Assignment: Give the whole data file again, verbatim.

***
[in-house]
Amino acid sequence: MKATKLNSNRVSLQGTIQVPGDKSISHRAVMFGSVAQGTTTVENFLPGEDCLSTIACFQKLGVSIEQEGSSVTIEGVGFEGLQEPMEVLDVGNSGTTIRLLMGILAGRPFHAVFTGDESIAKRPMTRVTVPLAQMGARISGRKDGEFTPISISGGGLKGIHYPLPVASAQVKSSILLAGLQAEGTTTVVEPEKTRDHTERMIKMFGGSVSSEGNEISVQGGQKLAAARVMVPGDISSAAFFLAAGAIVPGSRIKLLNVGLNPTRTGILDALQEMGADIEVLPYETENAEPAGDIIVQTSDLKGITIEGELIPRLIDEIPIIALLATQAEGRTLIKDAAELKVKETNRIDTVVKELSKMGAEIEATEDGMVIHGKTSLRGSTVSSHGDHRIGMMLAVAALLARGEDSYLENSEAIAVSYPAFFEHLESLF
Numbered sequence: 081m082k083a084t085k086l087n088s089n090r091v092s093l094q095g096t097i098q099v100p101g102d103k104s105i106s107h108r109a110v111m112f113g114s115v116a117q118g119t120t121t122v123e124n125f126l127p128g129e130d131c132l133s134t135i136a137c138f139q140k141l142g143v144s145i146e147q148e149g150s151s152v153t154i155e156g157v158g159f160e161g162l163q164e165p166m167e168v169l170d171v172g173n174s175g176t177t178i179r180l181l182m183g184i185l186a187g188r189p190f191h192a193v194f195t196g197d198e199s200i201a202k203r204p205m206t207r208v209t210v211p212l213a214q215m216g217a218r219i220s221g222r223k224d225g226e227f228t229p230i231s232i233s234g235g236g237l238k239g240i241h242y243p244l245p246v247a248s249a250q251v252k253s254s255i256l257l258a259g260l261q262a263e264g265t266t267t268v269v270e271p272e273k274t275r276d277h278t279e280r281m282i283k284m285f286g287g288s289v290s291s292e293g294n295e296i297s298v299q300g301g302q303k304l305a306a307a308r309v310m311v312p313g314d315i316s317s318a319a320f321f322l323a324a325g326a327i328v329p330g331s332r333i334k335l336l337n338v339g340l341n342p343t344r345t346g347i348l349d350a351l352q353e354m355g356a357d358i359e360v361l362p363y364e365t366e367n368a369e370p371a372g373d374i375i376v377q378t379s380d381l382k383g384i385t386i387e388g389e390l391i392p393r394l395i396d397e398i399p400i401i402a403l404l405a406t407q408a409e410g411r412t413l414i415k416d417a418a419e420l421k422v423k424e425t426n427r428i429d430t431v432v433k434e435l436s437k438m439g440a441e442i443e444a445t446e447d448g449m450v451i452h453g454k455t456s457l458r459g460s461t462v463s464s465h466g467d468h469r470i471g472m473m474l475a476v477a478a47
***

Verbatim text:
[in-house]
Amino acid sequence: MKATKLNSNRVSLQGTIQVPGDKSISHRAVMFGSVAQGTTTVENFLPGEDCLSTIACFQKLGVSIEQEGSSVTIEGVGFEGLQEPMEVLDVGNSGTTIRLLMGILAGRPFHAVFTGDESIAKRPMTRVTVPLAQMGARISGRKDGEFTPISISGGGLKGIHYPLPVASAQVKSSILLAGLQAEGTTTVVEPEKTRDHTERMIKMFGGSVSSEGNEISVQGGQKLAAARVMVPGDISSAAFFLAAGAIVPGSRIKLLNVGLNPTRTGILDALQEMGADIEVLPYETENAEPAGDIIVQTSDLKGITIEGELIPRLIDEIPIIALLATQAEGRTLIKDAAELKVKETNRIDTVVKELSKMGAEIEATEDGMVIHGKTSLRGSTVSSHGDHRIGMMLAVAALLARGEDSYLENSEAIAVSYPAFFEHLESLF
Numbered sequence: 081m082k083a084t085k086l087n088s089n090r091v092s093l094q095g096t097i098q099v100p101g102d103k104s105i106s107h108r109a110v111m112f113g114s115v116a117q118g119t120t121t122v123e124n125f126l127p128g129e130d131c132l133s134t135i136a137c138f139q140k141l142g143v144s145i146e147q148e149g150s151s152v153t154i155e156g157v158g159f160e161g162l163q164e165p166m167e168v169l170d171v172g173n174s175g176t177t178i179r180l181l182m183g184i185l186a187g188r189p190f191h192a193v194f195t196g197d198e199s200i201a202k203r204p205m206t207r208v209t210v211p212l213a214q215m216g217a218r219i220s221g222r223k224d225g226e227f228t229p230i231s232i233s234g235g236g237l238k239g240i241h242y243p244l245p246v247a248s249a250q251v252k253s254s255i256l257l258a259g260l261q262a263e264g265t266t267t268v269v270e271p272e273k274t275r276d277h278t279e280r281m282i283k284m285f286g287g288s289v290s291s292e293g294n295e296i297s298v299q300g301g302q303k304l305a306a307a308r309v310m311v312p313g314d315i316s317s318a319a320f321f322l323a324a325g326a327i328v329p330g331s332r333i334k335l336l337n338v339g340l341n342p343t344r345t346g347i348l349d350a351l352q353e354m355g356a357d358i359e360v361l362p363y364e365t366e367n368a369e370p371a372g373d374i375i376v377q378t379s380d381l382k383g384i385t386i387e388g389e390l391i392p393r394l395i396d397e398i399p400i401i402a403l404l405a406t407q408a409e410g411r412t413l414i415k416d417a418a419e420l421k422v423k424e425t426n427r428i429d430t431v432v433k434e435l436s437k438m439g440a441e442i443e444a445t446e447d448g449m450v451i452h453g454k455t456s457l458r459g460s461t462v463s464s465h466g467d468h469r470i471g472m473m474l475a476v477a478a47